Found your dream home within budget? It’s time to find a conveyancer to help you navigate the settlement process. Here’s what you need to know about this stage of the home buying journey.
If you’re a first-home buyer, you may not have come across this term before. You’re not alone. To help, we’ve explained what’s involved in the process, so you’re prepared when the time comes.
What is conveyancing?
Conveyancing is the legal process of preparing and organising documents to transfer property from one person to another. In Australia, the conveyancing process begins after your offer has been accepted. It ends once final contracts have been signed and the money transferred.
What does a conveyancer do in Australia?
Now that we know what conveyancing is let’s look at what a conveyancer does. A conveyancer’s job is to oversee the legal aspects of property transfer. They’re there to provide you with confidence that this exchange will run smoothly. In more specific terms, some of their responsibilities include:
- Overseeing your Contract of Sale. They can make suggestions for any inclusions (or exclusions)
- Reviewing the Vendor’s Statement to ensure all details are correct. A Vendor’s Statement is a document that covers the land ownership history.
- Sourcing the Certificate of Title, which is an official record of land ownership. Liaising with government and local council to enquire about any future planned land development on your property
- Checking to see if there are any outstanding council rates or water bills
- Getting your finances in order. They’ll let you know where your deposit needs to be at settlement, plus they can handle the stamp duty payment on your behalf.
- Arranging a property inspection. This could be for big-ticket items like a pest or pool compliance inspection.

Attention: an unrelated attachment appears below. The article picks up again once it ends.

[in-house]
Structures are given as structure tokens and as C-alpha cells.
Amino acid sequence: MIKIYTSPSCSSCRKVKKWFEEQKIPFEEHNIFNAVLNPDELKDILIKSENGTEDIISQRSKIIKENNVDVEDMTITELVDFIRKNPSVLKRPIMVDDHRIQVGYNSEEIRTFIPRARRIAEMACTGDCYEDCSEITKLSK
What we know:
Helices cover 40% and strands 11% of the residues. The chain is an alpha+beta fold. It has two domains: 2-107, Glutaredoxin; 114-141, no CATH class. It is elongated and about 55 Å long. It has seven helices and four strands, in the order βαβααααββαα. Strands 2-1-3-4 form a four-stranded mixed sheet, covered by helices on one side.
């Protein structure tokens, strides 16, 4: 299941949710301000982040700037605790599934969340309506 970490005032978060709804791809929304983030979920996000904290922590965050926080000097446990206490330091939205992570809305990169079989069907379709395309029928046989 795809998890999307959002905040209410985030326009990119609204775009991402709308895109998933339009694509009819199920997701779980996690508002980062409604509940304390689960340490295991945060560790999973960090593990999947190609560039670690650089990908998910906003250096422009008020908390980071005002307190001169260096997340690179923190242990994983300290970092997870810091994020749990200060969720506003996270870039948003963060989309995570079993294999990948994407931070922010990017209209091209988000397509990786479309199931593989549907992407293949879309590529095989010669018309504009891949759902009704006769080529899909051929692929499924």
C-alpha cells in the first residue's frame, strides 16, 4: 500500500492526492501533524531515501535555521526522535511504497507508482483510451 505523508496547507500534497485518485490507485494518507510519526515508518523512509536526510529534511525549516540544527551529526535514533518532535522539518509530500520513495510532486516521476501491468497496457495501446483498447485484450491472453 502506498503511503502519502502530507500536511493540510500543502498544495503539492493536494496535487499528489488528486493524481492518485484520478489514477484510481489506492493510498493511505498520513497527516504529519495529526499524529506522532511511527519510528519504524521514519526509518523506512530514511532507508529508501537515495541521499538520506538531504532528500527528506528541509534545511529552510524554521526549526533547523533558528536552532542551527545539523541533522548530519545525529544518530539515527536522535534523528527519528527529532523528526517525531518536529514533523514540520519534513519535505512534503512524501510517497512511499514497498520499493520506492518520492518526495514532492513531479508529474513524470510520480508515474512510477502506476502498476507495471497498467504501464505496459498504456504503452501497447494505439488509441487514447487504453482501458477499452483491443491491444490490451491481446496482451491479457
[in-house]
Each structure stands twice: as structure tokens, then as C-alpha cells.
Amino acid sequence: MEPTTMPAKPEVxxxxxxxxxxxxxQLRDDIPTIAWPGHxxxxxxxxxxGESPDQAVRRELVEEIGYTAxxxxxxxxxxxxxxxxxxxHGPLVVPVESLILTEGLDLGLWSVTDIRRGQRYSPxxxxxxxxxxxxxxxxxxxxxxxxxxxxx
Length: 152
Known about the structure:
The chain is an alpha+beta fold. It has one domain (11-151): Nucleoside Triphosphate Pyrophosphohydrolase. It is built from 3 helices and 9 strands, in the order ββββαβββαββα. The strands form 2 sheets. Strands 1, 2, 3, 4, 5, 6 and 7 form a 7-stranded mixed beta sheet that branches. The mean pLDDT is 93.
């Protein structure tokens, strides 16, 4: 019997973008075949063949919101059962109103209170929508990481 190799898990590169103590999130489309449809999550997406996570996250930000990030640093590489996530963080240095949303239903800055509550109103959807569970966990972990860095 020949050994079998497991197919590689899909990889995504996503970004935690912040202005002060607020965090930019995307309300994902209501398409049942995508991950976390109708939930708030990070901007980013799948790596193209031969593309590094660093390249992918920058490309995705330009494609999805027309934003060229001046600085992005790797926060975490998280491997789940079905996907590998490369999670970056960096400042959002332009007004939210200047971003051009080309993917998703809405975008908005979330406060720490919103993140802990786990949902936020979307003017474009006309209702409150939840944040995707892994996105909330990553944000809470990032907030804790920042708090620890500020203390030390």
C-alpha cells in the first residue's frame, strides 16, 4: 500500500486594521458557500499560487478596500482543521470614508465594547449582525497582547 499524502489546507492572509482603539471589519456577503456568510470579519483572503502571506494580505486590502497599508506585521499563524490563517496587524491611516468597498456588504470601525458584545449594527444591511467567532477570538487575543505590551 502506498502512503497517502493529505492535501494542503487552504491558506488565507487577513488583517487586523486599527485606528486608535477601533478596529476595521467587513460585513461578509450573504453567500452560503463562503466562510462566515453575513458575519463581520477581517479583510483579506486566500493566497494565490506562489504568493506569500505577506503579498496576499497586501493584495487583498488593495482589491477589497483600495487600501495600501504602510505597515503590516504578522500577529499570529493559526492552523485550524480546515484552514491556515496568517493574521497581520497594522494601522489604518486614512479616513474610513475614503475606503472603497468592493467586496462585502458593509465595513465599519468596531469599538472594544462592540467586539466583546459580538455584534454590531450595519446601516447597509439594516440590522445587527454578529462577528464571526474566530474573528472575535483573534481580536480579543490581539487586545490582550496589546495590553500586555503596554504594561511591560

- They can be present on the day of settlement to represent your interests and complete the settlement with the other party.
Do I need a conveyancer to buy a house?
If you’re carefully managing your costs, you can do this step yourself, but be aware of potential mistakes. Conveyancers are covered by professional insurance if any errors are made. If you go for a DIY approach, you won’t be covered by this same level of insurance and become liable for any mistakes.
If there are inconsistencies or failures to comply during the lodgement of legal documents, the property transfer can fall through, and you risk forfeiting your deposit. So, to avoid the risk of a legal mishap, it may be worth considering the service of a conveyancer. Conveyancers know what to look for in a Contract of Sale and any inclusions that you should add.
How do I find a conveyancer?
A great place to start is to ask your home loan specialist if they know of a trusted conveyancer. You can also find a registered conveyancer in your area by searching the Australian Institute of Conveyancers.
But what if you want to take this process entirely online? That’s where e-conveyancing can help!
How does e-conveyancing work?
As the name suggests, e-conveyancing is the conveyancing process completed online. With online conveyancing technology, your documents can be completed electronically, with information being automatically input and cross-checked. This can reduce the risk of errors and fraud.
Doing everything online also means you save a stack of time and need to make fewer visits to your lawyer/conveyancer. You’ll also get real-time updates, so there’s less time spent waiting for a callback or on hold.
Engaging a financial institution or conveyancer who uses a digital conveyancing platform like Property Exchange Australia (PEXA) can reduce the third-party conveyancer cost associated with settling your home loan. Tic:Toc, for example, use PEXA because it saves clients so much time and simplifies the process for everyone involved.
Tic:Toc is an online home lender with Australian-based home loan experts. The Tic:Toc platform strips time and cost out of the home loan process, making decisions about your application as you complete it online in real-time. Tic:Toc loans are backed and funded by Bendigo and Adelaide Bank.